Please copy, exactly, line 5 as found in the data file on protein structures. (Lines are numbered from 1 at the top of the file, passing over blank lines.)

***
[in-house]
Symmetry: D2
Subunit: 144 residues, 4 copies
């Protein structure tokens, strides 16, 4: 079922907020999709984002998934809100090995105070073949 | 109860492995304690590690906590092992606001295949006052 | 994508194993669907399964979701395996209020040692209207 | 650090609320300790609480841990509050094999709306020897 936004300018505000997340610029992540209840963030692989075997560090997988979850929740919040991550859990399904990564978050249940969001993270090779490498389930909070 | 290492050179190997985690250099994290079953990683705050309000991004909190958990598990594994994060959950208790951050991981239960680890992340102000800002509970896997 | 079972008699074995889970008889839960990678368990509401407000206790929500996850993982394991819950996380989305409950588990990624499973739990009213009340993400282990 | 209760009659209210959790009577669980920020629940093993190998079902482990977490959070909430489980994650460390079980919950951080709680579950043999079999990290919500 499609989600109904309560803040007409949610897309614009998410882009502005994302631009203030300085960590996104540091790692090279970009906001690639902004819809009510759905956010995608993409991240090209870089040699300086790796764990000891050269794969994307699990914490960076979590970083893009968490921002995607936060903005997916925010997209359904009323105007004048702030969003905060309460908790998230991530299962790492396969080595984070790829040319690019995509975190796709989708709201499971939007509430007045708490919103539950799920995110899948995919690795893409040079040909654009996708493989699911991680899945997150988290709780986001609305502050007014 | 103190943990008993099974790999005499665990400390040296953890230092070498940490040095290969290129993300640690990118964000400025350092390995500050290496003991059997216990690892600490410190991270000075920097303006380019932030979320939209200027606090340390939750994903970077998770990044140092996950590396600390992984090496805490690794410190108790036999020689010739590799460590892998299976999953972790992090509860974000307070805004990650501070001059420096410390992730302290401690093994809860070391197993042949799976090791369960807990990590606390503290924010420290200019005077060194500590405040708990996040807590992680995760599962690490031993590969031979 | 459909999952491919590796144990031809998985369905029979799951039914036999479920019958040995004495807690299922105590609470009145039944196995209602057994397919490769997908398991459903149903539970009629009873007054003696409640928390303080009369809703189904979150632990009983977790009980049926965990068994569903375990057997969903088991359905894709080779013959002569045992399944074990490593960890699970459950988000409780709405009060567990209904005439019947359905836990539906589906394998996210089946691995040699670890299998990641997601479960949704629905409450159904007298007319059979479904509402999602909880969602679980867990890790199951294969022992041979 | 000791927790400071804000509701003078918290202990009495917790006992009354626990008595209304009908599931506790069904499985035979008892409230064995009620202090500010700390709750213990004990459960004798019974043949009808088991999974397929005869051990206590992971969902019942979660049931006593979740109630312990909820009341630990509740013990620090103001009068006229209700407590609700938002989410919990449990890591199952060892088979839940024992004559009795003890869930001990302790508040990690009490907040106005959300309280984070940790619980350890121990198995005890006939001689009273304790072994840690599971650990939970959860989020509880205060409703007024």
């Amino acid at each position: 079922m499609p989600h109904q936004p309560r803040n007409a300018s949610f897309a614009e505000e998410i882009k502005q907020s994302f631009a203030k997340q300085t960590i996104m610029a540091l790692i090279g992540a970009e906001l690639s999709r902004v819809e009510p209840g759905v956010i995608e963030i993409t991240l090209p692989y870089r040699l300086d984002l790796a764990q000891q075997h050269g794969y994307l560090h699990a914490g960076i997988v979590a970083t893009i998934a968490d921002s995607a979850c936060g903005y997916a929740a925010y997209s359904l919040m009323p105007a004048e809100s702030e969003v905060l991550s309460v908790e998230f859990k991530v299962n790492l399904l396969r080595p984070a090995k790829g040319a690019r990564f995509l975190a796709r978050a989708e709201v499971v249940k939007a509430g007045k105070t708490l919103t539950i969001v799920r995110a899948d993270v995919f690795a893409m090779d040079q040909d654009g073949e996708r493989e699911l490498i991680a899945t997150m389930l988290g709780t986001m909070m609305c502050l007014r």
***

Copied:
């Amino acid at each position: 079922m499609p989600h109904q936004p309560r803040n007409a300018s949610f897309a614009e505000e998410i882009k502005q907020s994302f631009a203030k997340q300085t960590i996104m610029a540091l790692i090279g992540a970009e906001l690639s999709r902004v819809e009510p209840g759905v956010i995608e963030i993409t991240l090209p692989y870089r040699l300086d984002l790796a764990q000891q075997h050269g794969y994307l560090h699990a914490g960076i997988v979590a970083t893009i998934a968490d921002s995607a979850c936060g903005y997916a929740a925010y997209s359904l919040m009323p105007a004048e809100s702030e969003v905060l991550s309460v908790e998230f859990k991530v299962n790492l399904l396969r080595p984070a090995k790829g040319a690019r990564f995509l975190a796709r978050a989708e709201v499971v249940k939007a509430g007045k105070t708490l919103t539950i969001v799920r995110a899948d993270v995919f690795a893409m090779d040079q040909d654009g073949e996708r493989e699911l490498i991680a899945t997150m389930l988290g709780t986001m909070m609305c502050l007014r």